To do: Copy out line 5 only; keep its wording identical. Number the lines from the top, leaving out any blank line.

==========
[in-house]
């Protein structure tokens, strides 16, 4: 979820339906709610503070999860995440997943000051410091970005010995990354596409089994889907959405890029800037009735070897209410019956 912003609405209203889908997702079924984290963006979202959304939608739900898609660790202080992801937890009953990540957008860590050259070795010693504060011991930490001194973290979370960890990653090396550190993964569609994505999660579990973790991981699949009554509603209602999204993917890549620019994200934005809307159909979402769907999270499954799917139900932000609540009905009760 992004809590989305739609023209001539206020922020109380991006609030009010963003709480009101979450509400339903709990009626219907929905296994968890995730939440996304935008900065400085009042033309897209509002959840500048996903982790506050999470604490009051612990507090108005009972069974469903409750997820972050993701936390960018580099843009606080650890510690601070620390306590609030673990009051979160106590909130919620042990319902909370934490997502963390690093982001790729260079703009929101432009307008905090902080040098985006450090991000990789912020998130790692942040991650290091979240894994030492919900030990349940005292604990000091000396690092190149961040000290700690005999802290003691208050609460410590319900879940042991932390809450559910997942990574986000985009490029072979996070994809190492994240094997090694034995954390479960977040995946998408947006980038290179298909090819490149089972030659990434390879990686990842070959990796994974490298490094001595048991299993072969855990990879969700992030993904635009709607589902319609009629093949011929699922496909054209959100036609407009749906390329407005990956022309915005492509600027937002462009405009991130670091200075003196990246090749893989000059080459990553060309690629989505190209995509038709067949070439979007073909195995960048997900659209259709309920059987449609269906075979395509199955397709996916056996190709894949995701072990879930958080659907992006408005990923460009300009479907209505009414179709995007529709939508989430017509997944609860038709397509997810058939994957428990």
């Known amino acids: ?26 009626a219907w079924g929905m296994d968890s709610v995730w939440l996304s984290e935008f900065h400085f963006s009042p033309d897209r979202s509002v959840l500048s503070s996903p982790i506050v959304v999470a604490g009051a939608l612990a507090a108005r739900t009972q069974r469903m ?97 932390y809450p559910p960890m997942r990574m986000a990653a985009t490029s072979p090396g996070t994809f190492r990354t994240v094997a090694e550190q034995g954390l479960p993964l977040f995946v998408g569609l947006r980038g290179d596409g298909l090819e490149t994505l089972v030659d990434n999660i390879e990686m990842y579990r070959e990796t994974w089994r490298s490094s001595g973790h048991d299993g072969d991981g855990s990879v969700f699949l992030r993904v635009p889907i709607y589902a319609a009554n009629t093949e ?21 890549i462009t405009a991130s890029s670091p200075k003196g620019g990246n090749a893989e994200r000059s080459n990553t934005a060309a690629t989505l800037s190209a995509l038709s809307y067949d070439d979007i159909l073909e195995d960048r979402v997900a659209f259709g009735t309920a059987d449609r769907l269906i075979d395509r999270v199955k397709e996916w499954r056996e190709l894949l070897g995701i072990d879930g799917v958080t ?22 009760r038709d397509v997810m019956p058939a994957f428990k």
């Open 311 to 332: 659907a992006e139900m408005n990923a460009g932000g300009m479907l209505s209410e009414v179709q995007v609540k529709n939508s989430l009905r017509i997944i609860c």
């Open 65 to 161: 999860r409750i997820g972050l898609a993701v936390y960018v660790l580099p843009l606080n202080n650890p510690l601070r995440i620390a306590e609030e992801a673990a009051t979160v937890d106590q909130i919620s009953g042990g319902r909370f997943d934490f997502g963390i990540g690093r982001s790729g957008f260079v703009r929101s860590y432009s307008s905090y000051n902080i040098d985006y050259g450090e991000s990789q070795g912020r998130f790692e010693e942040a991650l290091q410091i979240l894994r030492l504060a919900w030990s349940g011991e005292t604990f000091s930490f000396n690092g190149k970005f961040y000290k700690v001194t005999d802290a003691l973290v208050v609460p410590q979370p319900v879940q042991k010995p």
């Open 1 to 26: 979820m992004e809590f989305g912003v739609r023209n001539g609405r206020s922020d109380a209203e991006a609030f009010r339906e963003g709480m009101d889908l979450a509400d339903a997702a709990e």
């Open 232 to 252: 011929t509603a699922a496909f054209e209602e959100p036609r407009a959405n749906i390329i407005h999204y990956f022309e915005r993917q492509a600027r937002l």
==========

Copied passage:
């Open 65 to 161: 999860r409750i997820g972050l898609a993701v936390y960018v660790l580099p843009l606080n202080n650890p510690l601070r995440i620390a306590e609030e992801a673990a009051t979160v937890d106590q909130i919620s009953g042990g319902r909370f997943d934490f997502g963390i990540g690093r982001s790729g957008f260079v703009r929101s860590y432009s307008s905090y000051n902080i040098d985006y050259g450090e991000s990789q070795g912020r998130f790692e010693e942040a991650l290091q410091i979240l894994r030492l504060a919900w030990s349940g011991e005292t604990f000091s930490f000396n690092g190149k970005f961040y000290k700690v001194t005999d802290a003691l973290v208050v609460p410590q979370p319900v879940q042991k010995p």